Newslets are compiled with the help of ICSOM delegates and ICSOM Members at Large from sources that include direct submissions, member orchestra websites, and topical news items. The editor encourages input and submissions.
The musicians of the Utah Symphony performed a free concert on September 24 at Emery High School in Castledale, Utah, to honor the memory of the miners and rescuers who perished in the collapse of the Crandall Mine. The program was conducted by Music Director Keith Lockhart and featured a moving performance by Gospel singer Renese King, who graciously traveled from Boston for the concert. Repertoire also included Copland’s Fanfare for the Common Man, Barber’s Adagio for Strings, and the Brahms First Symphony. The concert drew 1,300 people, and the response was warm and enthusiastic. Keith Lockhart mentioned that he was touched to hear calls of “more” and “thank you” from the audience during the ovation.
According to the orchestra committee, everyone involved donated their time for the project, which later in the process included many members of the Utah Symphony management. The intent, from the beginning, was to present the community with a concert at the highest level, and to offer a peaceful time with beautiful music. The concert was a success on many levels. One woman felt a Utah Symphony concert would help people return to normalcy. Another said that the effort was a reminder that there was such widespread support. While the musicians were driven to present this concert by the outpouring of support they felt towards their community, the concert was also a helpful reminder of the important role they play in their community.
On August 25, the musicians of the San Antonio Symphony volunteered their time and talents for a concert to benefit the San Antonio Food Bank—the first of what is hoped will become an annual event. Music Director Larry Rachleff conducted the orchestra, which included guests from the Dallas Symphony and Baylor University as well as local freelancers. The program of Mozart and Dvorak raised $4,100 in donations, which the Food Bank will leverage into over $50,000 worth of food for San Antonio’s neediest residents. The concert was presented with the assistance of several local unions and the United Way of San Antonio and Bexar County.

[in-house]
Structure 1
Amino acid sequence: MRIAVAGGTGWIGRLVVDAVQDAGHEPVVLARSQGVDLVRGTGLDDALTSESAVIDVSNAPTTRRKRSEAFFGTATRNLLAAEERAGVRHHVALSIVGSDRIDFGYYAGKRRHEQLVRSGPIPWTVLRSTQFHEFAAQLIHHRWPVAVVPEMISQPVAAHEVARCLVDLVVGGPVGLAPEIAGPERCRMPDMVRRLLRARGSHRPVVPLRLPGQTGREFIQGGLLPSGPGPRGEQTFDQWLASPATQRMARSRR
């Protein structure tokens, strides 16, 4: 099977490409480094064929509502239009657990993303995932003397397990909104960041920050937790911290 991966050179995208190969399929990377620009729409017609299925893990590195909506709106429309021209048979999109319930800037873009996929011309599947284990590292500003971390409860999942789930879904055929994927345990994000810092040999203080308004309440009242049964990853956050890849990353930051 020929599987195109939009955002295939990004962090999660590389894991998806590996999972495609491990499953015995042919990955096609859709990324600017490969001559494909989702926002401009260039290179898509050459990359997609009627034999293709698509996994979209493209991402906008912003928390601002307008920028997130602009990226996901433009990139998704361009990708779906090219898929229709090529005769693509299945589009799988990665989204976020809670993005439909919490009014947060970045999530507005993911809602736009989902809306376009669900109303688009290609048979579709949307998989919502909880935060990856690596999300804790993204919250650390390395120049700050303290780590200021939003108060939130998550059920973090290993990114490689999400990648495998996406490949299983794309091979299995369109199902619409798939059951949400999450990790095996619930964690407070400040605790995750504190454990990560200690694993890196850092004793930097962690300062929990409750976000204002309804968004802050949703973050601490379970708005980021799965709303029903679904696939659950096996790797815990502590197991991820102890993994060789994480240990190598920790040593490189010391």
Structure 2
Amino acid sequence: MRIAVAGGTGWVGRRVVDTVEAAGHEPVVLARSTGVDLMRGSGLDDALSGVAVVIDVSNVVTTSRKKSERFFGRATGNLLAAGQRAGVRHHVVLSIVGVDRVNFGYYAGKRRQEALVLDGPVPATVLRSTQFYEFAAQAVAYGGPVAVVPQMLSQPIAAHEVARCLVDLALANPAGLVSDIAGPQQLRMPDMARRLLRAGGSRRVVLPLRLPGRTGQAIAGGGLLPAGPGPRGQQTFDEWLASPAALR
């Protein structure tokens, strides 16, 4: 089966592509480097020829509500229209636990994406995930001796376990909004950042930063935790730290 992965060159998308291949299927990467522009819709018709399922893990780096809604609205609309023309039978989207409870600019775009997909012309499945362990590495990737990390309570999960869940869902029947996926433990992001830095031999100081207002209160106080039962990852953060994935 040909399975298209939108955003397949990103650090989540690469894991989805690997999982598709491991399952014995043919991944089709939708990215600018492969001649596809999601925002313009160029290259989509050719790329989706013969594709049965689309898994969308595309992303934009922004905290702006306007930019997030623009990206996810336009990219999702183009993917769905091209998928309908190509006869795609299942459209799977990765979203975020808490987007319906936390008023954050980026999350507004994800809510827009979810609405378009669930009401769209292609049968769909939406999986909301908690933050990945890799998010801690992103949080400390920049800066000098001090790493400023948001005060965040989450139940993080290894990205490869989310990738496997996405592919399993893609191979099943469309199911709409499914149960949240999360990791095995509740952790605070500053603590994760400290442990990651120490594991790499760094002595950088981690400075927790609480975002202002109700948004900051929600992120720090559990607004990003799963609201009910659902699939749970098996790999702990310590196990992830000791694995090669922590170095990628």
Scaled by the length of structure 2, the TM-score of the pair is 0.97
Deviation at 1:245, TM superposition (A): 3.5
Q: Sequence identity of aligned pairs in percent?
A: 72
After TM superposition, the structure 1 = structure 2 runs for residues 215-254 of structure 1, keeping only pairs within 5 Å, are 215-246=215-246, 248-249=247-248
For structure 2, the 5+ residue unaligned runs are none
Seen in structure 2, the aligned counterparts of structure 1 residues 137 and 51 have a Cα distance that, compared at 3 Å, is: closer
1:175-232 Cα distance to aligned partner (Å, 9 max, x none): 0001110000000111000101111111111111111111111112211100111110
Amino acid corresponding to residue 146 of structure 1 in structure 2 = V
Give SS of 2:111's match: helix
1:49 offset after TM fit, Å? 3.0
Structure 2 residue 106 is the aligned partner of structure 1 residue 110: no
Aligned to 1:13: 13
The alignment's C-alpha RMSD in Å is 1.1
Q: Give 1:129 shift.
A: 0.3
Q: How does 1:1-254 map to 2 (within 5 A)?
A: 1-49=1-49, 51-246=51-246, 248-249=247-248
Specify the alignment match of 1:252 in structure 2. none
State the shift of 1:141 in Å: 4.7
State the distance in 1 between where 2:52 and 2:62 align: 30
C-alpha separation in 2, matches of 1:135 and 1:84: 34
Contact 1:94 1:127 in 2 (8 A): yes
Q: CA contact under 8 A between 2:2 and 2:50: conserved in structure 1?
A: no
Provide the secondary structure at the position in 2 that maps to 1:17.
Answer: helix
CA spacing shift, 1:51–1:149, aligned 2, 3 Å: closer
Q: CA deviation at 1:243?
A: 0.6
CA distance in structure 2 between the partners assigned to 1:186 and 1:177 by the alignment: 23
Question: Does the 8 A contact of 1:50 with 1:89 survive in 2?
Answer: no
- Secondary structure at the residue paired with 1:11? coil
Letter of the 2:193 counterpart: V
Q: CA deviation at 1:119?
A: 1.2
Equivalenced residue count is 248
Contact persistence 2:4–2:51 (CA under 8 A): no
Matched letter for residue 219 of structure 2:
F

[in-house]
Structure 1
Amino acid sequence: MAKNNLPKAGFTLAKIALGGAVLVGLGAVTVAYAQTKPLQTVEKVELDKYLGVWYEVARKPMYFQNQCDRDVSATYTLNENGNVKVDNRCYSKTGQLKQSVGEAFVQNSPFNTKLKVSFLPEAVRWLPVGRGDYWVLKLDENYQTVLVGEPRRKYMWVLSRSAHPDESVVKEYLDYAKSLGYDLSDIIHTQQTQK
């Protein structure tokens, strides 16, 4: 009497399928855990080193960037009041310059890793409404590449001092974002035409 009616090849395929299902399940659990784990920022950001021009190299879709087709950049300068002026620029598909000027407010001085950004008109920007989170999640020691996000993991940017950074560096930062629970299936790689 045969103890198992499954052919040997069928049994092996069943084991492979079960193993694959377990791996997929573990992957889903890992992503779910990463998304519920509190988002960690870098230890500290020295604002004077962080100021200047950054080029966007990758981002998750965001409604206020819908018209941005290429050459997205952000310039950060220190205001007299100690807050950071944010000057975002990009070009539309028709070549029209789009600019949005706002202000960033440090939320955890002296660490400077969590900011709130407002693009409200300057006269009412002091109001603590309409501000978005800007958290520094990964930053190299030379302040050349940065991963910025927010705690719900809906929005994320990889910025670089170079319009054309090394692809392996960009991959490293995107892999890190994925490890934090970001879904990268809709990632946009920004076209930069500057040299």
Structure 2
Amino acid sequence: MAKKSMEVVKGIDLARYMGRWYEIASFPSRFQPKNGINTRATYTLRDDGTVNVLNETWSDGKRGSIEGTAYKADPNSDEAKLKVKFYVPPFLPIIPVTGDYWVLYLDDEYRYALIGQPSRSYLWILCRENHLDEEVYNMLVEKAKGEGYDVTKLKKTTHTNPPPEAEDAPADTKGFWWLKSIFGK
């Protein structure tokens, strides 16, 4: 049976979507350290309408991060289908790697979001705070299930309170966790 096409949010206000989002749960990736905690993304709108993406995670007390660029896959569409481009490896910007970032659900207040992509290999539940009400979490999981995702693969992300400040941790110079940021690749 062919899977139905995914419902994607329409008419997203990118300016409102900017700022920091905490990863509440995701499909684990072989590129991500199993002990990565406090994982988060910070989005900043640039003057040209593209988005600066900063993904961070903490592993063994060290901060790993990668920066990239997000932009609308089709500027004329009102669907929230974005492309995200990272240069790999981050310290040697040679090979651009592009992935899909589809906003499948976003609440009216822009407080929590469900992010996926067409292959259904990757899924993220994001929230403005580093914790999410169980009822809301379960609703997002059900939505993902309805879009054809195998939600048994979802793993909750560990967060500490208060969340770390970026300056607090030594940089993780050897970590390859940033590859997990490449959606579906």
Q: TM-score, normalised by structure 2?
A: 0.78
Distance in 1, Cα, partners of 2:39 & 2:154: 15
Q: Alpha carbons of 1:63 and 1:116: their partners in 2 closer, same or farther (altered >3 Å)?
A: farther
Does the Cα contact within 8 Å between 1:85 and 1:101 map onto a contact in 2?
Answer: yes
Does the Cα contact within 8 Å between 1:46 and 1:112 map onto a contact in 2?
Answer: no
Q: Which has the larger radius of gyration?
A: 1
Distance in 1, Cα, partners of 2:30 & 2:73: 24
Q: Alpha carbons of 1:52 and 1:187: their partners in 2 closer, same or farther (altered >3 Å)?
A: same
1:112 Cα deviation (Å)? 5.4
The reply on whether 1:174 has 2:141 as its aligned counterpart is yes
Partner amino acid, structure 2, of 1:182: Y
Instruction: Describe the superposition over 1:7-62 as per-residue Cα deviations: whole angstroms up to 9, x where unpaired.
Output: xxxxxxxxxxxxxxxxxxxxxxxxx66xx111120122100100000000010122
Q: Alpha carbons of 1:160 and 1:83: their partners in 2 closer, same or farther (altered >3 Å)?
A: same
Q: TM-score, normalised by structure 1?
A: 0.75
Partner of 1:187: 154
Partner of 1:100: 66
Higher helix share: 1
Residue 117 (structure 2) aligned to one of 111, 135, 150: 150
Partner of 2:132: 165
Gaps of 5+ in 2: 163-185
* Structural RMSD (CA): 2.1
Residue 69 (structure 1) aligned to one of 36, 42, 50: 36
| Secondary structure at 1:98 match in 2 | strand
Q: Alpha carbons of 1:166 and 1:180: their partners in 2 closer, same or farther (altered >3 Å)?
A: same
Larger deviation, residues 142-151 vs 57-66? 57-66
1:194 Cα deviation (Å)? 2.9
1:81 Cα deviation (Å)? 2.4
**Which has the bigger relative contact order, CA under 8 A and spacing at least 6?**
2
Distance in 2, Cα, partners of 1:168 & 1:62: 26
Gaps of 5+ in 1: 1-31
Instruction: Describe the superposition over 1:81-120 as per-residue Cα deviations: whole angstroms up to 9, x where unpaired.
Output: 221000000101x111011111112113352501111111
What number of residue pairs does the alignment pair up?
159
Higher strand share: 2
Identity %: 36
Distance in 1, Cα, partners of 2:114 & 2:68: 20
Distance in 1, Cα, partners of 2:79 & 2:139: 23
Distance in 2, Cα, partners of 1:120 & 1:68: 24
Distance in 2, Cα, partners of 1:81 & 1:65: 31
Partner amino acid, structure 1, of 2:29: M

The Minnesota Orchestra has appointed Michael Henson to serve as its president and CEO. Considered one of the U.K.’s top symphonic leaders, Henson has served as the Managing Director and CEO of Britain’s Bournemouth Symphony for the past eight years. Prior to that, he ran the Ulster Orchestra from 1992 to 1999.
At Bournemouth, Henson led a large-scale reorganization that turned an annual deficit of $1.8 million into an annual surplus of $800,000. During his tenure there, the orchestra produced 45 recordings, won six Grammy nominations, and made international tours to Hong Kong, Germany, Austria, Spain, and the Czech Republic. Henson negotiated two long-term orchestra agreements, including a three-year contract in 2000 and a four-year contract in 2004, at a time when the norm had been yearly negotiations.
Henson’s appointment concludes a six-month search that began in February. The search committee included representatives from the Minnesota Orchestra’s board and staff, as well as two musicians, cellist Marcia Peck and flutist Wendy Williams. Williams, the musicians’ committee chair, said, “The Search Committee was impressed by Michael’s ideas on how to achieve the important balance between artistic programming and marketing, as well as his deep understanding of the important role orchestras can play in their communities.” Henson is due to start in his new position by February 2008.
The Nashville Symphony Orchestra is engaged in an inter-institutional musician exchange program with the Orquesta Sinfónica UNCuyo of Mendoza, Argentina. Four South American musicians and one administrator traveled to Nashville to participate in rehearsals, concerts, meetings, tours and social activities May 7–14. Violinist Jeremy Williams, violist Michelle Lackey-Collins, bassist Liz Stewart, flutist Ann Richards, Vice President and General Manager Mark Blakeman, and his assistant, Kim Bogle, all of the NSO, recently returned from their reciprocal experience in Mendoza September 17–25.
The exchange program was designed to foster a relationship with a professional orchestra in a different country, to allow details of each institution to be communicated to the other for the purposes of enlightenment, study, and self-analysis, and to build camaraderie. Former delegate Lee Levine reports that this unique cultural exchange program was made possible through the diligence of Mark Blakeman, who petitioned the State Department for the visas that allowed the visiting musicians to rehearse and perform with the orchestra, and through the generosity of American Airlines, which assisted with transportation.
At a pre-season celebration on September 5, Giancarlo Guerrero was announced as the eighth music director of the Nashville Symphony Orchestra. The announcement was met with prolonged applause, cheers, and a champagne toast for Guerrero, who always ranked at the top of the candidate list during the two-year search. Giancarlo Guerrero first conducted the orchestra during the week following the death of Music Director Kenneth Schermerhorn. Guerrero instantly established a rapport with the musicians and continued to build upon it during his next three visits.
The NSO opened its regular season one week after premiering the Martin Foundation Organ under the baton of Maestro Guerrero, who will return in May 2008. Leonard Slatkin will remain as the music advisor through the 2008–2009 season, with Maestro Guerrero becoming music director in the 2009–2010 season.